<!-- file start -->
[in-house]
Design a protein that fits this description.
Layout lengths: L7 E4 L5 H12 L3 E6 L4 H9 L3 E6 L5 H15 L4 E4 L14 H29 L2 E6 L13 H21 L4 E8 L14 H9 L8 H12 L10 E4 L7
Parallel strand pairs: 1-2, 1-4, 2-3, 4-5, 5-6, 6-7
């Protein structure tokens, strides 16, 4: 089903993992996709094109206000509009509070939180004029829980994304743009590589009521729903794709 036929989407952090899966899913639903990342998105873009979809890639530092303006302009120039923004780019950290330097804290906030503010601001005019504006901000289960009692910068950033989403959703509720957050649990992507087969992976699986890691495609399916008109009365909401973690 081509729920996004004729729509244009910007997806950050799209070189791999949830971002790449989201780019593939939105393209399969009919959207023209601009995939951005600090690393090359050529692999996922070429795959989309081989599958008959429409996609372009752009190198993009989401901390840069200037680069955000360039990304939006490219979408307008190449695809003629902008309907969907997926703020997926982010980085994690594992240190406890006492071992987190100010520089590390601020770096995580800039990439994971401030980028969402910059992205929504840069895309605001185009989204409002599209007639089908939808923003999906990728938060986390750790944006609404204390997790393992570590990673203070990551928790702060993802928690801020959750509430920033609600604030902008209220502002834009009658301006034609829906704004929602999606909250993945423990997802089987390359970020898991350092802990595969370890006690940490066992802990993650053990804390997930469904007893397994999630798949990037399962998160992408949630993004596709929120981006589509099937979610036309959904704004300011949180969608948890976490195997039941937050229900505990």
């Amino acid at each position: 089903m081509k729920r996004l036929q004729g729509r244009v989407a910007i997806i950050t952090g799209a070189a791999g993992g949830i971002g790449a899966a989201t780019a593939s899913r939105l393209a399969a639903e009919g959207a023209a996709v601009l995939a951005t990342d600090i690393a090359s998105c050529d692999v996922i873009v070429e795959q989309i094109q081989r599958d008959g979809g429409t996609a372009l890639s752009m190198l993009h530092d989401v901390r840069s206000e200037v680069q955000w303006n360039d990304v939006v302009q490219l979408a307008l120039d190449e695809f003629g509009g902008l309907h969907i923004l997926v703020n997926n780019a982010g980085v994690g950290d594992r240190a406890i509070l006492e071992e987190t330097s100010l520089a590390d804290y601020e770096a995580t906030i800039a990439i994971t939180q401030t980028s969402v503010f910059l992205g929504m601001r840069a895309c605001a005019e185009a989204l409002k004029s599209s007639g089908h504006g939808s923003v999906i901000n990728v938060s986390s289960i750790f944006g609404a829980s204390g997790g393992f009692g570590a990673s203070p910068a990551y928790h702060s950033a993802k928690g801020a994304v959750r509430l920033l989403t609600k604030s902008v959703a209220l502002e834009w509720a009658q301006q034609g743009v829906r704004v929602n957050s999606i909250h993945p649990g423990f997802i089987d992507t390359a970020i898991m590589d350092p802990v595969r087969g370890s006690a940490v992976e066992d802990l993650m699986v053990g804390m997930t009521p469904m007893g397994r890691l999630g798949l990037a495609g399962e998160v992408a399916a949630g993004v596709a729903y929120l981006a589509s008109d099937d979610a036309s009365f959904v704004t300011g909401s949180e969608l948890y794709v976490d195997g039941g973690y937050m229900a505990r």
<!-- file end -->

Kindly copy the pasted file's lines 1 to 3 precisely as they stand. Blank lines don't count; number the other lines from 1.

[in-house]
Design a protein that fits this description.
Layout lengths: L7 E4 L5 H12 L3 E6 L4 H9 L3 E6 L5 H15 L4 E4 L14 H29 L2 E6 L13 H21 L4 E8 L14 H9 L8 H12 L10 E4 L7